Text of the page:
Then there is the time factor. The next general election is scheduled for May, unless it is brought forwardSo the polls that have been published so far are trying to make judgements based on people’s opinions almost a year ahead of the elections. Considering that factors such as pre-poll alliances and choice of candidates are key in determining the results of elections, it is extremely likely that people’s preferences will change as we get closer to the polls.
Rajeeva Karandikar, director of the Chennai Mathematical Institute and one of India’s top election statisticians, says in The Hindunewspaper that the churn (of voting intentions) that happens in the last few days before the elections is much more than that in the preceding weeks and, thus, the predictive power of any opinion poll conducted even weeks before the elections is weak (http://goo.gl/9dH5I2). For this reason, we will not assume any predictive power for the recent spate of opinion polls. Instead, we will look at them as barometers of how the country would have voted around the time when these opinion polls were held.
As we write this, five agencies have conducted and published the results of their opinion polls. The results are summarized in table 1. However, before we dive into analysing these polls, a caveat is in order. Elections are still some time away and we don’t know what the National Democratic Alliance (NDA) or the United Progressive Alliance (UPA) or the Third Front will actually mean. We will assume, however, that the pollsters have defined these alliances as they existed on the day when they conducted their polls.
The first thing that should strike you when you look at the table is the degree of confidence pollsters (apart from the CNN IBN-The Hindu-CSDS group) have in their predictions. It is a reflection on the state of the Indian opinion poll industry that in polls conducted almost a year before the elections, only one agency thought it worthy to give a prediction range. Given that these are the results of opinion polls, it is unlikely that any statistical model would throw up a precise number as prediction.
Still, let us assume that the pollsters have been accurate and honest in their analysis, and see what the polls show.
A simplistic reading of the polls shows that the BJP-led NDA is slipping. While both the polls that came out in May gave the alliance over 200 seats, the alliance’s numbers in subsequent polls have been dwindling.
As far as the NDA is concerned, two important events took place in early June, which is likely to affect its fortunes in next year’s elections.
First, at a party convention in Goa in early June, Gujarat chief minister Narendra Modi was declared as the leader of the BJP’s campaign for next year’s elections.
Less than a week later, the Janata Dal-United, or JD(U), which had been part of the NDA since its inception, decided to break away from the alliance.
In the 2009 elections, the NDA got 32 out of the 40 seats in the state of Bihar, with the JD(U) contributing 20 of them.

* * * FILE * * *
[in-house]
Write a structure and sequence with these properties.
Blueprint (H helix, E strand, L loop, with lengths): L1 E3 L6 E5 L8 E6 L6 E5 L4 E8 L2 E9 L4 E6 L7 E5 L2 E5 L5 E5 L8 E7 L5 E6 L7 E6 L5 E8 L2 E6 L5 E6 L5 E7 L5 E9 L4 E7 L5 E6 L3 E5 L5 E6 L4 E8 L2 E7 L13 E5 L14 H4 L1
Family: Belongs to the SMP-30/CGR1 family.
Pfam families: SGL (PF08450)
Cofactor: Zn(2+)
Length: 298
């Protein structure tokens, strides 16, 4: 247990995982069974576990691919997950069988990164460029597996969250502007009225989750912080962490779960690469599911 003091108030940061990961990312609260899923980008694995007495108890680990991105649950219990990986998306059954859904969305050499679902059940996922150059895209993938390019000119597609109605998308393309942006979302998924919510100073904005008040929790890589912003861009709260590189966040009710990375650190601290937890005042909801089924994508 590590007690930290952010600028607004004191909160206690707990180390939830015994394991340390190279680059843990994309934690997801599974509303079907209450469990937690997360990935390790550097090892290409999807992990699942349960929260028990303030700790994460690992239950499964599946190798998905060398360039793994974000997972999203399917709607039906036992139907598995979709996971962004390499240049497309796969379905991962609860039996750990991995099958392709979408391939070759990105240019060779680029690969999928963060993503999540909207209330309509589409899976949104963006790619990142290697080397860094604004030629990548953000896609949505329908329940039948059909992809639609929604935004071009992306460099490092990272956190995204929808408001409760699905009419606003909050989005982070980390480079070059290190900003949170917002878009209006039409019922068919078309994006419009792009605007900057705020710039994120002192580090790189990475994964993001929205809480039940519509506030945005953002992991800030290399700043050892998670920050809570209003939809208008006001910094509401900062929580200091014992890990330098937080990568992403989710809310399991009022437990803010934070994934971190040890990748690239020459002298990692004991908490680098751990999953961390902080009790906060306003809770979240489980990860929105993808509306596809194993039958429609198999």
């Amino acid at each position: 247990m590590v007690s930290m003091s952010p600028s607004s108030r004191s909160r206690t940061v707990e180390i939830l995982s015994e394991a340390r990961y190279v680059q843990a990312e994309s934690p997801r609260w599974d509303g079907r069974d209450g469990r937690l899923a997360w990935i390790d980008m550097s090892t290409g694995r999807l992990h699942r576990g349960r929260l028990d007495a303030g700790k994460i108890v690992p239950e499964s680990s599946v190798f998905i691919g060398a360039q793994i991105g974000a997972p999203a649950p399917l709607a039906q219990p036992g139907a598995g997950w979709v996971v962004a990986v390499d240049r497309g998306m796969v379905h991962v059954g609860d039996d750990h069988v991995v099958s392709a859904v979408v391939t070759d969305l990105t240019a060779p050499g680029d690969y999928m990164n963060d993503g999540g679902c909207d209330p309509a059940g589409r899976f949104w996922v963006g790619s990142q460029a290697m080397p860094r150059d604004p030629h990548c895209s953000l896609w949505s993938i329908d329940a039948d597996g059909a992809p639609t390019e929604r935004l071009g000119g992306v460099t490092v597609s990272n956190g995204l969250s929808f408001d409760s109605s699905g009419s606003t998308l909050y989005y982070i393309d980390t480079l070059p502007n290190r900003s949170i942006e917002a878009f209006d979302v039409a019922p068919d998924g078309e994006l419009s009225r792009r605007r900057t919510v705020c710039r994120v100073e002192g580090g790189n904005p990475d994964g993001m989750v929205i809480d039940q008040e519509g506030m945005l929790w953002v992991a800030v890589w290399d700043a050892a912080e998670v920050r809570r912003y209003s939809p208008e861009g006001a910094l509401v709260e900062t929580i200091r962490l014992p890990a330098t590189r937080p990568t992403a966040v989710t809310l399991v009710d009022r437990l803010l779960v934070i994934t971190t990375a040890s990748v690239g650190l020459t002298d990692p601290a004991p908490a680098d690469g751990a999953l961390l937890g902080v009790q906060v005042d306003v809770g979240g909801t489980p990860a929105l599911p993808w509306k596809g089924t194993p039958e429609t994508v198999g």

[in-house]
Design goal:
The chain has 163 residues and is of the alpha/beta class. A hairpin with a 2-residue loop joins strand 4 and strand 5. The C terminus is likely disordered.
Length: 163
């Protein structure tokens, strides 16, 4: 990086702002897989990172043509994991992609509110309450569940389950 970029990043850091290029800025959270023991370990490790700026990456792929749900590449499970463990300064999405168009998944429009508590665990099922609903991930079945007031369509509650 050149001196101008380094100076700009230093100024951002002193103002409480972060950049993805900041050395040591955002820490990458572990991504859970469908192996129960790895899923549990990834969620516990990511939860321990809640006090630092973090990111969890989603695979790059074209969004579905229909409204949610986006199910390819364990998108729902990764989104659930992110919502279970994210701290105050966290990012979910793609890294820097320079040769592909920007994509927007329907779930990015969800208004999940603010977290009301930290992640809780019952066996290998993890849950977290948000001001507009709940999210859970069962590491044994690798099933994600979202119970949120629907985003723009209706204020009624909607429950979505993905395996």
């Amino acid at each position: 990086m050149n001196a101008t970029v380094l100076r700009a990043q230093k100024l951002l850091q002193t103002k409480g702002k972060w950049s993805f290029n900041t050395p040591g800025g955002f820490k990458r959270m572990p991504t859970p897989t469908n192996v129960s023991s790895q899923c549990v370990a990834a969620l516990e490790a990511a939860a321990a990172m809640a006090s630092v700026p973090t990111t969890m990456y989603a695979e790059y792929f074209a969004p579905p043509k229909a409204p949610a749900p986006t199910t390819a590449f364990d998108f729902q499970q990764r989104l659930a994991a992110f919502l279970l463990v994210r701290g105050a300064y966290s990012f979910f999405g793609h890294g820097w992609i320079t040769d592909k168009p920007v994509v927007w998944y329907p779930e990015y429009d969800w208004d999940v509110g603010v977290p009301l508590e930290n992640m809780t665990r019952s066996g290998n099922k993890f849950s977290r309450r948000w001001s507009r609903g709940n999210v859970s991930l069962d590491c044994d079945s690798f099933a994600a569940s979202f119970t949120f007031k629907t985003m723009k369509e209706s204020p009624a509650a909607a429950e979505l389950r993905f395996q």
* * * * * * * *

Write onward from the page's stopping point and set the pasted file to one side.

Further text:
With the alliance breaking down, this number is under threat, and might be the reason for the NDA’s lower numbers in July vis-à-vis May.
As for the incumbent UPA, the polls don’t show any particular trend. Nevertheless, the polls are in agreement that this alliance is likely to get far fewer seats than in 2009.
In 2009, the Congress, which leads the UPA, alone got over 200 seats. As per the above polls, it is unlikely that the entire alliance will come to that number next year.
Back in May, when the exit poll results for the Karnataka assembly elections came out, while there was vast disparity in the seat predictions by the various agencies, there was a near consensus in terms of vote share (http://www.mintasia.com/karnatakapolls). Again, we find better consensus when it comes to vote share (interestingly, only three of the five polls have published vote shares).
The NDA is predicted to get around 27-29% of the total votes in 2014 (up from about 23% in 2009), while the UPA is likely to drop to the same range (significantly down from the 37% it got in 2009). Again, the fact that near agreement on vote shares has led to vastly different seat projections shows the difficulties in converting votes to seats.
Apart from polling on possible seat distributions among parties in the next Parliament, one other question most polls tend to ask is the respondent’s preferred choice as the country’s Prime Minister.
I’m of the opinion that given our Westminster structure, such polls make no sense.
For example, I might want Modi as my Prime Minister (PM) but the BJP, or any of its allies, fails to put up a candidate in my constituency. In this case, my desire for Modi becoming PM achieves nothing. Similarly, if the BJP were to put up a crook as its candidate in my constituency, it is unlikely I will vote for him even if I strongly desire that Modi become PM. Preference of one prime ministerial candidate plays only a small part in the overall analysis when a voter decides who to vote for. Hence, surveys on preferred prime ministerial candidates are best ignored.
The biggest problem in analysing opinion and exit polls in India is the lack of disclosure on methodology. Apart from the CNN-IBN-The Hindu-CSDS poll, which put out a detailed note on the methodology(http://goo.gl/xQMw8B), none of the polls even mention the number of respondents for their polls (at least, not in any of their public disclosures in newspapers).
While this is perhaps consistent with a culture that sees it fit to give out a single number as a prediction a year before polls, the lack of disclosure of methodology significantly impacts the credibility of a poll.
Hopefully, as we get closer to the elections, we will get more disclosures, which will help us make better predictions on what India’s 16th Lok Sabha is going to look like.